Mass of the Lord's Supper

Bishop Tom Williams celebrated the Mass of the Lord's Supper in the Metropolitan Cathedral of Christ the King on Thursday 28 March 2013.  During Mass the Bishop washed the feet of catechists and parents who are preparing children to receive the Sacraments.

In his homily Bishop Tom called on the congregation to 'pray for those in ‘Communion’ with the Lord; for those whose hearts are lifted by the presence of the Lord in their lives; for those who hunger and thirst for Justice; for those who feed the poor; visit those who are in prison; care for the sick; visit the housebound; inspire the young; be with those who have messy and messed up lives; for the elderly and those nearing their death, and especially on this night let us pray for our priests, the ministers of the Eucharist'.



Homily preached by the Right Reverend Thomas Williams, Apostolic Administrator of the Archdiocese of Liverpool, at Mass of the Lord’s Supper. Thursday 28 March 2013 at 7.30 pm in the Metropolitan Cathedral of Christ the King, Liverpool.

Tonight we continue our Holy Week journey and enter further into the heart of the redemptive mystery around which our Faith revolves. We continue to allow, as much as possible, a heavenly reality, beyond the here and now, to infuse our lives. Our prayer continues. Our conversation between the Divine and the human intensifies, it becomes personal.

Our first reading from the Book of Exodus gave us the history of why the Passover meal was to be a Day of Remembrance for the Jewish nation, why it was to be a celebration feast in the Lord’s Honour, and why some thousands of years later, before this same Festival of Passover Jesus, our Saviour, who knew (He had clearly seen it coming) that the hour had come for Him to pass from this world to the Father.

We have heard yet again, and this time from the Gospel according to John, that Jesus the Christ, our Saviour, had always loved those who were His in the world. On this night He showed how perfect His love was.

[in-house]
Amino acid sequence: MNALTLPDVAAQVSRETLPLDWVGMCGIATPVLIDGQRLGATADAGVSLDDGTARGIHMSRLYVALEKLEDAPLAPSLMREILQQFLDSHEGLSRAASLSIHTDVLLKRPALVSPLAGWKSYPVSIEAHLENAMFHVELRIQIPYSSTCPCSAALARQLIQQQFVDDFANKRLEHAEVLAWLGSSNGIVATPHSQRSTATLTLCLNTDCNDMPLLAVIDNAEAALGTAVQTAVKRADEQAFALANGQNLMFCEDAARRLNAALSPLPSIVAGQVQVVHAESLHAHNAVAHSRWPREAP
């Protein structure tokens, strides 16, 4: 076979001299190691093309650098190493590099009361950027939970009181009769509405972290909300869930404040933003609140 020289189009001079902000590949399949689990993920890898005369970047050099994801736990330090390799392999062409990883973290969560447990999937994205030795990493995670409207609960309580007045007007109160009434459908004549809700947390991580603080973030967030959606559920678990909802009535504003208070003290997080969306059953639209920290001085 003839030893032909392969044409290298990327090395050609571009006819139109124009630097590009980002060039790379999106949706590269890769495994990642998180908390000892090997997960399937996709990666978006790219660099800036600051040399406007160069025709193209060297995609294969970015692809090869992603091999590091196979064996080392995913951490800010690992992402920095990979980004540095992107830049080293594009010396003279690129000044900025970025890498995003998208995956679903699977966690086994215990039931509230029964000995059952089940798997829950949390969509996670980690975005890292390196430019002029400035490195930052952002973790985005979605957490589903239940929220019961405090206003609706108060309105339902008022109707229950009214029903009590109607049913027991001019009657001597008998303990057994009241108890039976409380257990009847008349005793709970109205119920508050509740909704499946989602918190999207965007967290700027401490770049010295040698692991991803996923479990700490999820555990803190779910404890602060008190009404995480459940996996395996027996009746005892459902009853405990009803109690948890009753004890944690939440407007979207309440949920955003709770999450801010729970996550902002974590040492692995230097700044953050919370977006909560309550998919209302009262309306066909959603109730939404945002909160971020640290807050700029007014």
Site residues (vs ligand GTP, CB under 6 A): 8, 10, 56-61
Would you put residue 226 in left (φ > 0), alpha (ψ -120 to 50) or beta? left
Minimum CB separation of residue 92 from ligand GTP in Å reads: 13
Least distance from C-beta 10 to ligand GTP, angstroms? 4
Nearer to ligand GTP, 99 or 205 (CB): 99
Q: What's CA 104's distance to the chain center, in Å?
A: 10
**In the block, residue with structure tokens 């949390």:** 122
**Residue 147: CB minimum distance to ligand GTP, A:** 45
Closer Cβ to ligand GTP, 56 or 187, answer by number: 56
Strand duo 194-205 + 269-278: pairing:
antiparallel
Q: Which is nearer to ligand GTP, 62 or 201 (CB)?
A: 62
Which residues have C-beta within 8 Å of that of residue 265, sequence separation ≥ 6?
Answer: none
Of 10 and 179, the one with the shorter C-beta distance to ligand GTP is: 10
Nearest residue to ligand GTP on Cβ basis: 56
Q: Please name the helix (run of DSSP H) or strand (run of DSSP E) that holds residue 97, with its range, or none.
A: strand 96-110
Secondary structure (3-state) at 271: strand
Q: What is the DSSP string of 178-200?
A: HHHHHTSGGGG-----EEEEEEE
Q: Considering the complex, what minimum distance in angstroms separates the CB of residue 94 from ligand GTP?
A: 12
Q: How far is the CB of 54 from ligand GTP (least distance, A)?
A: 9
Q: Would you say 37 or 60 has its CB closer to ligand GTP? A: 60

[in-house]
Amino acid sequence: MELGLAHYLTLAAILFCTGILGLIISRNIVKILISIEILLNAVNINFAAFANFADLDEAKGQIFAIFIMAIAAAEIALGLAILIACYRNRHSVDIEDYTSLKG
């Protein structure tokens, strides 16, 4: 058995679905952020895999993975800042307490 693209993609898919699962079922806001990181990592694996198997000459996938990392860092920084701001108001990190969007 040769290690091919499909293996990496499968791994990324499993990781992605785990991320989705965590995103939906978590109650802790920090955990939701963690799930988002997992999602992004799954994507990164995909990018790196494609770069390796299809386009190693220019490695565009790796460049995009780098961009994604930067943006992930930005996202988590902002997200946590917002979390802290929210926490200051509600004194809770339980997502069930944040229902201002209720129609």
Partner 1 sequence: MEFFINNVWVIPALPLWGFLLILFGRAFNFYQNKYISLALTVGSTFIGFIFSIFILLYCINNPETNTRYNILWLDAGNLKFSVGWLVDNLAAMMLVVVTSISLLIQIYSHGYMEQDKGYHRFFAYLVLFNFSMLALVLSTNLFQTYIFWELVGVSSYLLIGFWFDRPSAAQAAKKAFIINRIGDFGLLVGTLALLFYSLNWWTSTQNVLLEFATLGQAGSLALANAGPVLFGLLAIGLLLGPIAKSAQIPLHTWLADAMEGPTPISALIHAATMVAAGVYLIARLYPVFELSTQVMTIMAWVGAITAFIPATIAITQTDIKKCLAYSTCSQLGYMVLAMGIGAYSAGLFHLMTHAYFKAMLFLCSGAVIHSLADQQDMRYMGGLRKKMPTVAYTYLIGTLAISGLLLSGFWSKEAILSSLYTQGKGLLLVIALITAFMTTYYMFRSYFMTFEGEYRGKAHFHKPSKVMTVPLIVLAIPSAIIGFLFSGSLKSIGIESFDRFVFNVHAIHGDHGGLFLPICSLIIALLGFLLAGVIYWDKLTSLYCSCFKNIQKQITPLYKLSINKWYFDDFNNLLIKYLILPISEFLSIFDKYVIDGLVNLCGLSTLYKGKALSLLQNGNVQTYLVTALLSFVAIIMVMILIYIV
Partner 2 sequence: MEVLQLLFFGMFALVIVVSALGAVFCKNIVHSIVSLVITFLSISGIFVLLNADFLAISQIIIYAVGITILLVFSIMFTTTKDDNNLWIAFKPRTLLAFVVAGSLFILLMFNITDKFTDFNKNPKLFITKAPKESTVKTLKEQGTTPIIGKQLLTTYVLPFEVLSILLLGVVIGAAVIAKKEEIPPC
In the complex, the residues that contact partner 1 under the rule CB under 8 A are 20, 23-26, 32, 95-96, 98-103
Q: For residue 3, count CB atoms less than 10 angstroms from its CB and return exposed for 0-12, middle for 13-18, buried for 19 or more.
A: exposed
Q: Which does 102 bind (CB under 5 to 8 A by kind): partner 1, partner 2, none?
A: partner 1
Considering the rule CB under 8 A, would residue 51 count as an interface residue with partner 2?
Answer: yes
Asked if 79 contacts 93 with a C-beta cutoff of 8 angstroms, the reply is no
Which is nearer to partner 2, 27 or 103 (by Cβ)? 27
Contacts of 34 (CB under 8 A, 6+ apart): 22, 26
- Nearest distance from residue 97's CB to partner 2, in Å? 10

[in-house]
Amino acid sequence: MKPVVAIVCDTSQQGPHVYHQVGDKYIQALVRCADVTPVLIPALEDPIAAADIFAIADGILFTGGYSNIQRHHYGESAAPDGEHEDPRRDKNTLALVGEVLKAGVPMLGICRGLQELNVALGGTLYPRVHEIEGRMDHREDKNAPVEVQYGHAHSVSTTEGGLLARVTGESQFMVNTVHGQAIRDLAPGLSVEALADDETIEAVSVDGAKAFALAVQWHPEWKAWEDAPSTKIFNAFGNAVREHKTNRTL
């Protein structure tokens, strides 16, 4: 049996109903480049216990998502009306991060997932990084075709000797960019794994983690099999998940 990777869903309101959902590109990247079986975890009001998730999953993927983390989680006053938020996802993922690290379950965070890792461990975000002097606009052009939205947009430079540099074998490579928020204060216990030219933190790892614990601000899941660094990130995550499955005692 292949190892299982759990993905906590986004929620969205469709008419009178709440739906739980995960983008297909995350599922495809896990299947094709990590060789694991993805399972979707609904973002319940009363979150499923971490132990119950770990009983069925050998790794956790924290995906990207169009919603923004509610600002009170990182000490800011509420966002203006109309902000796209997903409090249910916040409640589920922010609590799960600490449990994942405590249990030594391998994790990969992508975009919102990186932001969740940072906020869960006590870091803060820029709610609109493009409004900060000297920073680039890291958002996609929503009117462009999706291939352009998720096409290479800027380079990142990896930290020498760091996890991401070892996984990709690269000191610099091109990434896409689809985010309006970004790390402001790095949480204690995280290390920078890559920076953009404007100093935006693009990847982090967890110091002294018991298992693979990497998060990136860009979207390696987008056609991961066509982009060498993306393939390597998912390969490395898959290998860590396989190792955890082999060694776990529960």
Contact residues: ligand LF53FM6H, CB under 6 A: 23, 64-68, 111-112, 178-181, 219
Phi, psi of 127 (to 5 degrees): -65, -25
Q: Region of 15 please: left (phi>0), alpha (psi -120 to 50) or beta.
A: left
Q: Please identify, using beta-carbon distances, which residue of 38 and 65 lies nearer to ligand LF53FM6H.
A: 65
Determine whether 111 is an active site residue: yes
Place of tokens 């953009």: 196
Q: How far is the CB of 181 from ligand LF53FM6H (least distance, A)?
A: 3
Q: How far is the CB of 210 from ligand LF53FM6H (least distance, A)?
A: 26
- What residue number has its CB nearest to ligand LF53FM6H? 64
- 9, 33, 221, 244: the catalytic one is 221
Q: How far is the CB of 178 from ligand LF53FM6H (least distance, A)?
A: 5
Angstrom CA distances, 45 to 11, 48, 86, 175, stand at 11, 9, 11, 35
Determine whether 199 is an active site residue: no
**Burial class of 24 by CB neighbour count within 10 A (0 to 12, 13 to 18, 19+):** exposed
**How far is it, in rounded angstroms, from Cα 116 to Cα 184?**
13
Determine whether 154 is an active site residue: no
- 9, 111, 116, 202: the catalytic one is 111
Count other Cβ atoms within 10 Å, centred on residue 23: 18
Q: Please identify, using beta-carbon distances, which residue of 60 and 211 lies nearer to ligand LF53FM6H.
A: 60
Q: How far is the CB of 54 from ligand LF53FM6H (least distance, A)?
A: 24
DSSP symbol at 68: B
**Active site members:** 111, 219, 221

I love this night. I love it because it gives rhyme and reason to why Mass and Communion are the axis around which my Faith, and therefore my life, revolves.

We, yes all of us, have been saved, our salvation from slavery to sin, is within our grasp. Our Saviour took bread and as he broke it said, ‘This is my body, which is for you, do this in memory of me, and that is what we, as followers of the Saviour, have done ever since and will continue to do so. This was the Lord’s gift to us, who are we to refuse it, or to cheapen it or to devalue it?

Tonight let us pray for those in ‘Communion’ with the Lord; for those whose hearts are lifted by the presence of the Lord in their lives; for those who hunger and thirst for Justice; for those who feed the poor; visit those who are in prison; care for the sick; visit the housebound; inspire the young; be with those who have messy and messed up lives; for the elderly and those nearing their death, and especially on this night let us pray for our priests, the ministers of the Eucharist.

Let us be nourished by this Bread of Heaven and may it bring strength to the very essence of our faith, of our being.

We will now re-enact the time when the Lord of the world came and undertook a slave’s task of washing feet which is an illustration of the way he washes our feet all through our lives. Jesus shows in this act that God doesn’t want to trample on us, but kneels down before us to exalt us. The mystery of the greatness of God is seen precisely in the fact that He can be small. In the action of foot washing, (which Pope Francis famously imitated by kissing the feet of aids patients when he was the Cardinal in Buenos Aires), Jesus showed us that power is changed from the inside and we should accept Jesus and His way of life, whose whole self is there in the action of foot washing. Only then can our world be healed and people be able to live at peace and with one another.

Amen